This type of analysis can be subjective, because the investor is forming a view based on the occurrence of certain outside events. A trader would need to study all levels of data, depending on the asset he is trading, from company level through to industry and markets, on to country wide and global level. Many events are inter-related and can affect the price of different assets and even different asset classes.
Most good brokers will give you access to daily market analysis which provides up to date information on emerging trends, stocks and currencies on the move and news that savvy traders know is invaluable to conduct accurate fundamental analysis. A broker that does not have an up-to-date daily market analysis, in our opinion, fails the most basic requirement for a trader and should be avoided at all costs
Fundamental Analysis Considerations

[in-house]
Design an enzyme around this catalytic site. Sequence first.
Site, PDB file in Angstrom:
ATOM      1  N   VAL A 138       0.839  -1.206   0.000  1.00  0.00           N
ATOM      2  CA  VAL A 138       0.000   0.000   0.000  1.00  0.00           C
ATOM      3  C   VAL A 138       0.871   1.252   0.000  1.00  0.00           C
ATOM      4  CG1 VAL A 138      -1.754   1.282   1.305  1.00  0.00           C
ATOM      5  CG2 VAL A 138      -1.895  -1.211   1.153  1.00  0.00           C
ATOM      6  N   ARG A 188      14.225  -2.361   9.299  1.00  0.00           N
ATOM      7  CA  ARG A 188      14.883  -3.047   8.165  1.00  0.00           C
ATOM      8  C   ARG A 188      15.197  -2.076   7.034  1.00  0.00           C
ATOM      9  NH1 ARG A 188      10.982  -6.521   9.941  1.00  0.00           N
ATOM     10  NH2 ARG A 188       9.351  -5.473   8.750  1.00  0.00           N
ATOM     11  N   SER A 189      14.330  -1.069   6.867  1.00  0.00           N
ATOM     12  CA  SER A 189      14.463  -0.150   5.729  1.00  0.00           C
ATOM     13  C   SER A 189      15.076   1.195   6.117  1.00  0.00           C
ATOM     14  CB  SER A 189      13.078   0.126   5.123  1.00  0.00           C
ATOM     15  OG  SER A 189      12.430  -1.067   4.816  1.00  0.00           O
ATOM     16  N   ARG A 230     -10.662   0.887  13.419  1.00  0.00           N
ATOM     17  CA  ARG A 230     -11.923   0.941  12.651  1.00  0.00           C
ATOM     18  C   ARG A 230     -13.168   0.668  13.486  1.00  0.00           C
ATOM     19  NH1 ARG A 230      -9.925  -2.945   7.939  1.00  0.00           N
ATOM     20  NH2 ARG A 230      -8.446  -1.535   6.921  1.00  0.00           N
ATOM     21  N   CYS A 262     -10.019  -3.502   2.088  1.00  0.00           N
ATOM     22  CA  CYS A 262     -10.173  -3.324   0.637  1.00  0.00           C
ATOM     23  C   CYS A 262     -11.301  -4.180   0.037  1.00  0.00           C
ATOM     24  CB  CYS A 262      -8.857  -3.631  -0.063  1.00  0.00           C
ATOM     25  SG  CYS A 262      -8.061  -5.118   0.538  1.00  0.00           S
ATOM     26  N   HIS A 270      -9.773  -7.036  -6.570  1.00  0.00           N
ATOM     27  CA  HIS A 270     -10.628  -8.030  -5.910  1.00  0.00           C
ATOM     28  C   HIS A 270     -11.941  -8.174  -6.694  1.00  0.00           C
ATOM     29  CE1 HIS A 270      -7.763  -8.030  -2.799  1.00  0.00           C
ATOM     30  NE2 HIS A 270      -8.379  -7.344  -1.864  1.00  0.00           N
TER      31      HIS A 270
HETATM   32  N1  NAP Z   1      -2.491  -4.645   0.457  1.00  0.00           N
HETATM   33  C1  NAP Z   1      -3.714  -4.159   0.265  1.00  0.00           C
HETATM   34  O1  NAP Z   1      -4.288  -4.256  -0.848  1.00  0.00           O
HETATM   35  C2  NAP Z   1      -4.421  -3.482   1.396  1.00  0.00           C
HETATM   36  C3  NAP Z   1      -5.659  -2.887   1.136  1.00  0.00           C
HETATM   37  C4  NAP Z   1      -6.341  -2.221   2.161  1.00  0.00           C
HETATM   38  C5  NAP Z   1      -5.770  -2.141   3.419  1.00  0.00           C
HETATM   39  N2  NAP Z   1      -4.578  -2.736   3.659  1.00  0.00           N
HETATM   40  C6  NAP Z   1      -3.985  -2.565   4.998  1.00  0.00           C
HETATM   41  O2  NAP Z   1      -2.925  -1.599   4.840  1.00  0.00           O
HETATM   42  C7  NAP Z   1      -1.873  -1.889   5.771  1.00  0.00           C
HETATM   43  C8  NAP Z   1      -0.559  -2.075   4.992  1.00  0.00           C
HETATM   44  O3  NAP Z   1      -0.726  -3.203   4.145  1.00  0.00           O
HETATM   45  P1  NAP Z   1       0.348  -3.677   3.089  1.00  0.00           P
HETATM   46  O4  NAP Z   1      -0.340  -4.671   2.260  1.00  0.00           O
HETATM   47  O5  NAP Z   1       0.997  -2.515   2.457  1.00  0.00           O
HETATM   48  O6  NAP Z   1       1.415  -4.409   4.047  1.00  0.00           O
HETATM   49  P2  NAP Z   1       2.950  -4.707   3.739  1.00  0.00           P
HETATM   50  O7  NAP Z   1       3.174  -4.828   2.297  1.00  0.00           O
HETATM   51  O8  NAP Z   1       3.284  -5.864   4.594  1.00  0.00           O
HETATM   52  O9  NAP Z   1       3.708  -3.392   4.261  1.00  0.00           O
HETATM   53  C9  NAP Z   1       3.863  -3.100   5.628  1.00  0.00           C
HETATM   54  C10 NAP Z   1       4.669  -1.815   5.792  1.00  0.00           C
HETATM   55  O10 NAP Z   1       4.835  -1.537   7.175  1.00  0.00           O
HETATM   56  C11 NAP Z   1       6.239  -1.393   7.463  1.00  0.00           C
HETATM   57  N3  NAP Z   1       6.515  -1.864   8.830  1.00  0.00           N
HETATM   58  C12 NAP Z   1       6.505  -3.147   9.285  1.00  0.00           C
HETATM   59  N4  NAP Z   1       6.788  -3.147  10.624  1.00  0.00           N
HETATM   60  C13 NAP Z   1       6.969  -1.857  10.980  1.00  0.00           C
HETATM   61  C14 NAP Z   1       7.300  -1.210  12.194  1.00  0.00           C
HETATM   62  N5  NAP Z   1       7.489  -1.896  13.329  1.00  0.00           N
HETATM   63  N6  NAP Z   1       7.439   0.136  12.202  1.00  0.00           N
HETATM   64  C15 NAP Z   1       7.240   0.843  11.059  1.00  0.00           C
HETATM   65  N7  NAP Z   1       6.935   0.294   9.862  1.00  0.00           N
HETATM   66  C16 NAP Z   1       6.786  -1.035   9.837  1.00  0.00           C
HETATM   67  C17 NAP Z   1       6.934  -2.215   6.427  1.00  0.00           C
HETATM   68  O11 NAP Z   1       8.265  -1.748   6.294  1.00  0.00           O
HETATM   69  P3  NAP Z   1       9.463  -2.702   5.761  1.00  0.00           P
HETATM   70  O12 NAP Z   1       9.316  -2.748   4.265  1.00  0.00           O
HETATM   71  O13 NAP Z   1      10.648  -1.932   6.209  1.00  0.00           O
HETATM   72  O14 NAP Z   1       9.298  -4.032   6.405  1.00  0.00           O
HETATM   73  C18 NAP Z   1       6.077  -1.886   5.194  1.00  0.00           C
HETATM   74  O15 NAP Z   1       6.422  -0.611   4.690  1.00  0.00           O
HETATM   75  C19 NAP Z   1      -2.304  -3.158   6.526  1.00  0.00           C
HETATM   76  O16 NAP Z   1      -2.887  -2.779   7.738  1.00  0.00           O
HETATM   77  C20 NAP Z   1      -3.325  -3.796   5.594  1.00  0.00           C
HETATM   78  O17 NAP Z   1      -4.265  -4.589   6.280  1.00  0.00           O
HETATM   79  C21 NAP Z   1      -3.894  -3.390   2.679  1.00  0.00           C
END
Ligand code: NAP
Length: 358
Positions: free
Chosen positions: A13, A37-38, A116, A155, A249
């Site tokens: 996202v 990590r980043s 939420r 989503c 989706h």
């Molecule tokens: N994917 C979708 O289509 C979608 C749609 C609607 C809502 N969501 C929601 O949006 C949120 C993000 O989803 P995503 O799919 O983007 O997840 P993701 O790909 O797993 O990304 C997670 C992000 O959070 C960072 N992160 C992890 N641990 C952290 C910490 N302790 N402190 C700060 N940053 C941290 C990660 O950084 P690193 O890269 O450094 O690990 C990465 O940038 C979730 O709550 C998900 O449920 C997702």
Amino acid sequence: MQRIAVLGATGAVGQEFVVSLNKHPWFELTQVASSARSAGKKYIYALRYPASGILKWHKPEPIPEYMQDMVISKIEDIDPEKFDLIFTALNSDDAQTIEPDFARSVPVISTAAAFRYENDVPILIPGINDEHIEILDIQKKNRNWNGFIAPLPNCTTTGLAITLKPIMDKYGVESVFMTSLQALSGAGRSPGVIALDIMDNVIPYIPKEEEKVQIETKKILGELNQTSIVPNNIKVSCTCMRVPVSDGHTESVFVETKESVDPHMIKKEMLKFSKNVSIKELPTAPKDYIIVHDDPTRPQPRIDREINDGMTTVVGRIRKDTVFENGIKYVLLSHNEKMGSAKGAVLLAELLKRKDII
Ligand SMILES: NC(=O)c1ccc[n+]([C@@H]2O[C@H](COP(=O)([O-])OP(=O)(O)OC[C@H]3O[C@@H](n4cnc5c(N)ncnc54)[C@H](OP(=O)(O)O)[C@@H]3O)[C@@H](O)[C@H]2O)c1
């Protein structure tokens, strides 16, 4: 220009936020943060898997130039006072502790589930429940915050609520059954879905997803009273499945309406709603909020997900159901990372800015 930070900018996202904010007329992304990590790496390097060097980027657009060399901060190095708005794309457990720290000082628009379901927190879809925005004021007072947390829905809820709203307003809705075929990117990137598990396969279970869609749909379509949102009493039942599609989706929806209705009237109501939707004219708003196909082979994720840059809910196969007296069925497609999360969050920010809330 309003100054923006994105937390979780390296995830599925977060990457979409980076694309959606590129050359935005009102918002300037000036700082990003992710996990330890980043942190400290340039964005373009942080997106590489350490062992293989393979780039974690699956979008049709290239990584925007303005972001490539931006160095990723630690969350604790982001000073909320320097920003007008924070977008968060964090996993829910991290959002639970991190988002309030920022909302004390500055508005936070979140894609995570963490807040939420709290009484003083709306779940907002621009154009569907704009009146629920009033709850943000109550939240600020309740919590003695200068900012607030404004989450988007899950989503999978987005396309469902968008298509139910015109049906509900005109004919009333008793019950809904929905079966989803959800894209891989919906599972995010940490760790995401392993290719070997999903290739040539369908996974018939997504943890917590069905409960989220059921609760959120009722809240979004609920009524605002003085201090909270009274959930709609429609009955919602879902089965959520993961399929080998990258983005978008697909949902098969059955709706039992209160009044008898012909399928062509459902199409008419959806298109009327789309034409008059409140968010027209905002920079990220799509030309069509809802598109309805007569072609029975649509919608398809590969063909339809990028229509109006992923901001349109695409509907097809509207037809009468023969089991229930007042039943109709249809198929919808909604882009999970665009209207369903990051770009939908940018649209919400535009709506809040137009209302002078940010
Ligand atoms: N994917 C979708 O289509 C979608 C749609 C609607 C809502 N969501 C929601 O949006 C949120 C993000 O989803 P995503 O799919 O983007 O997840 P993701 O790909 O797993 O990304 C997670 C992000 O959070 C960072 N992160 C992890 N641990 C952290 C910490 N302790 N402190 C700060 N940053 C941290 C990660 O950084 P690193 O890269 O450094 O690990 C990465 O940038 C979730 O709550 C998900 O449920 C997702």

Fundamental analysis assumes that the market is rational and that a security’s price will eventually reflect the true value of the investment. By contrast, technical analysis assumes that the marketplace will repeat past trends and that a security’s price will eventually move in the same way other investment prices have moved. As such, both theories potentially turn a blind eye to important external data. A stock that announces big unanticipated news is unlikely to continue to complete a price pattern, or to move directly towards its underlying real value. Some of these factors and variables include: